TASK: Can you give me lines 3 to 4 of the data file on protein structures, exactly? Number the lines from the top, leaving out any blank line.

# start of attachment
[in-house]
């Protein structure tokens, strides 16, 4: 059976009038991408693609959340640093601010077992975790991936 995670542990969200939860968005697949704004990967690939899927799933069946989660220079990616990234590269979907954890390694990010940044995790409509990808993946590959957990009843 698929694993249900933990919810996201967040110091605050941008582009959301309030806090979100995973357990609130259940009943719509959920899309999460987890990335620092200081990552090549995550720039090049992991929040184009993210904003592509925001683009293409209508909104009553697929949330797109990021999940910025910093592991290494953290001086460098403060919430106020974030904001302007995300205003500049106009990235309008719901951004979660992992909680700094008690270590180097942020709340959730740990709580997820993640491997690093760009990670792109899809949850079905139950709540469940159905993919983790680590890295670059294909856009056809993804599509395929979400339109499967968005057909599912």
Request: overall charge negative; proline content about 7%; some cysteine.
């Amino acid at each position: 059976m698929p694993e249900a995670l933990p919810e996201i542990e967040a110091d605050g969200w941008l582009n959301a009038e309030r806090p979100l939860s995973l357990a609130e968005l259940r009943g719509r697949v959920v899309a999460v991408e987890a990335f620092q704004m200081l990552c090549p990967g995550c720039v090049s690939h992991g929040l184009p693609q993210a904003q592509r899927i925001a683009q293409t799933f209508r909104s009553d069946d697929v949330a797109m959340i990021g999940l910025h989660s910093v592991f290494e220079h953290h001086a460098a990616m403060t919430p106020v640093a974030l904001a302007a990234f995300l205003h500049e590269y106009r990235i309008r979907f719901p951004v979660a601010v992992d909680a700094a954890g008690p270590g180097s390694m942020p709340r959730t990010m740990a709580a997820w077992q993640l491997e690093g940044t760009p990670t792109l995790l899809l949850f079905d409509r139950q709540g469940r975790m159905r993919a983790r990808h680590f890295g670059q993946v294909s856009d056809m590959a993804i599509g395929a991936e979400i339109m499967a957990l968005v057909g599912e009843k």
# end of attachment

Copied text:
Request: overall charge negative; proline content about 7%; some cysteine.
């Amino acid at each position: 059976m698929p694993e249900a995670l933990p919810e996201i542990e967040a110091d605050g969200w941008l582009n959301a009038e309030r806090p979100l939860s995973l357990a609130e968005l259940r009943g719509r697949v959920v899309a999460v991408e987890a990335f620092q704004m200081l990552c090549p990967g995550c720039v090049s690939h992991g929040l184009p693609q993210a904003q592509r899927i925001a683009q293409t799933f209508r909104s009553d069946d697929v949330a797109m959340i990021g999940l910025h989660s910093v592991f290494e220079h953290h001086a460098a990616m403060t919430p106020v640093a974030l904001a302007a990234f995300l205003h500049e590269y106009r990235i309008r979907f719901p951004v979660a601010v992992d909680a700094a954890g008690p270590g180097s390694m942020p709340r959730t990010m740990a709580a997820w077992q993640l491997e690093g940044t760009p990670t792109l995790l899809l949850f079905d409509r139950q709540g469940r975790m159905r993919a983790r990808h680590f890295g670059q993946v294909s856009d056809m590959a993804i599509g395929a991936e979400i339109m499967a957990l968005v057909g599912e009843k």